Another day, another missile, another rather indifferent market reaction. North Korea has fired a missile over Japan. It is a continuation of existing tensions rather than an escalation, and markets have reacted accordingly.
Statistical quirks (or rather ending bizarre statistical quirks) helped push US consumer price inflation back up. Central banks should look through the noise to focus on the trends, but the image of rising inflation makes another rate hike easier to sell. The Bank of England sounded hawkish – there is an expectation that growth data could be revised higher.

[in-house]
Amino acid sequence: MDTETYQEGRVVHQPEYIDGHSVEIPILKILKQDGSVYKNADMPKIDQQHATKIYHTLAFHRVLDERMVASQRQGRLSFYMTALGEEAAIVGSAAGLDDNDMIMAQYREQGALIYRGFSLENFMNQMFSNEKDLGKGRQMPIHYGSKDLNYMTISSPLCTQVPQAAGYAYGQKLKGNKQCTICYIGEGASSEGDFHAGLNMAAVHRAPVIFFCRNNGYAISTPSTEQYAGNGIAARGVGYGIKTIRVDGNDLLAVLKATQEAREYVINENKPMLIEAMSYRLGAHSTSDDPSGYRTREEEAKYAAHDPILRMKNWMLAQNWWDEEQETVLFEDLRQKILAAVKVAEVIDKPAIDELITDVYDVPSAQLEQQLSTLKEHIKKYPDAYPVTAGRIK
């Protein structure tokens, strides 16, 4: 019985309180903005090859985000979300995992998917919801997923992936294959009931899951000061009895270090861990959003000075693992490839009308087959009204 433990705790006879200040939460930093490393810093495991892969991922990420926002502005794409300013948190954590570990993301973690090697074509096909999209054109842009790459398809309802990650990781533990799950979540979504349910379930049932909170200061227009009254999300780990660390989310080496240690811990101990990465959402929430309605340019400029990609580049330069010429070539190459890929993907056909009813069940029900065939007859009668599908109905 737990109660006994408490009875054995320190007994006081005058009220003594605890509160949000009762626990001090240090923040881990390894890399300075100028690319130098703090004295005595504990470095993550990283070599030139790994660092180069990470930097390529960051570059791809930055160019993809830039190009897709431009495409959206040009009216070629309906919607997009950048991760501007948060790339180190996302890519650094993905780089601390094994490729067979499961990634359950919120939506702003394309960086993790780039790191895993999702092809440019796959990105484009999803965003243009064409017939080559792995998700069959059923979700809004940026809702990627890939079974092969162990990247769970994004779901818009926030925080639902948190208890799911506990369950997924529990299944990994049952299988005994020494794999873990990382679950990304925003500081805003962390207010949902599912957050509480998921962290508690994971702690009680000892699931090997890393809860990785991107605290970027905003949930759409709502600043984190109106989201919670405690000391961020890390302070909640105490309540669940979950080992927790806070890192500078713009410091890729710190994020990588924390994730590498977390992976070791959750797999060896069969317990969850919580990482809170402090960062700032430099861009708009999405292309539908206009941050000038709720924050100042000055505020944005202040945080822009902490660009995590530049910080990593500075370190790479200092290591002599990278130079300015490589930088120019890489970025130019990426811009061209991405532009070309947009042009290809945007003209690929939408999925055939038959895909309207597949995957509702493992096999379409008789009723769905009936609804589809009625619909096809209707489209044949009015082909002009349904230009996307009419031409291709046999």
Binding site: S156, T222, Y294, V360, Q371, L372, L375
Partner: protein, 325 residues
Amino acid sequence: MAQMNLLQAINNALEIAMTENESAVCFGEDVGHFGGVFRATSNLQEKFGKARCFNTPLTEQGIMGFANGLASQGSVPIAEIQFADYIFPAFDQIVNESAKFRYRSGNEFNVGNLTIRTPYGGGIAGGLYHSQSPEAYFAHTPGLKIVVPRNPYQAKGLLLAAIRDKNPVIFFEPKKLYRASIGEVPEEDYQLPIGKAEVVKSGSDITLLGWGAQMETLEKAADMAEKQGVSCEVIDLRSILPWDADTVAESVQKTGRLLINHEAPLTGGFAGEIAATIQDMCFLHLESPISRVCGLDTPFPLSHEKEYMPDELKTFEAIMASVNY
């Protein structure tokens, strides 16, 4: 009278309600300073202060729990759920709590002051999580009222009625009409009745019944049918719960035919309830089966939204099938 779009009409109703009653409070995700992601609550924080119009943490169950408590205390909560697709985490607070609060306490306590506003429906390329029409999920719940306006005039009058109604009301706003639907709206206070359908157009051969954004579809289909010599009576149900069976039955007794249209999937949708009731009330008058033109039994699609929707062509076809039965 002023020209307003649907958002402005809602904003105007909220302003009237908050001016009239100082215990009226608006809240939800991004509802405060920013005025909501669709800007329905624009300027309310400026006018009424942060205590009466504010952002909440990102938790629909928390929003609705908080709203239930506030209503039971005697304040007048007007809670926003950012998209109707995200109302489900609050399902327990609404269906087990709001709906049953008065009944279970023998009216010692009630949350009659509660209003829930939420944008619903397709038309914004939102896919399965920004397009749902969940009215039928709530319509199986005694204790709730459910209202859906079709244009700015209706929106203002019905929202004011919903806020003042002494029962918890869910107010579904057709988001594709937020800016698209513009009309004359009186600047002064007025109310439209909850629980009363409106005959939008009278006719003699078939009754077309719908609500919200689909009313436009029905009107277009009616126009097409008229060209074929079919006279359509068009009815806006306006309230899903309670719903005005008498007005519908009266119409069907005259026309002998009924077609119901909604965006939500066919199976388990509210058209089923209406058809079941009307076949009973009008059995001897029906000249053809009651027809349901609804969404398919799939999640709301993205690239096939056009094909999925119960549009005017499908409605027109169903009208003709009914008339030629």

In 1922, the start of the Weimar hyperinflation saw the German Mark lose 27% of its value against the dollar every fortnight. Bitcoin has lost 45% of its value against the dollar in the last fortnight. If Bitcoin were a currency, that loss of value would be considered hyperinflation. German Mark banknotes could be reused as wallpaper. Bitcoin cannot.
Euro area trade data is unlikely to excite comment. US retail sales are a little more interesting to markets – this data should not be impacted by hurricane-affected disruption, but the rising inflation may show up in nominal sales figures. There are some opinion poll results on US consumer sentiment too.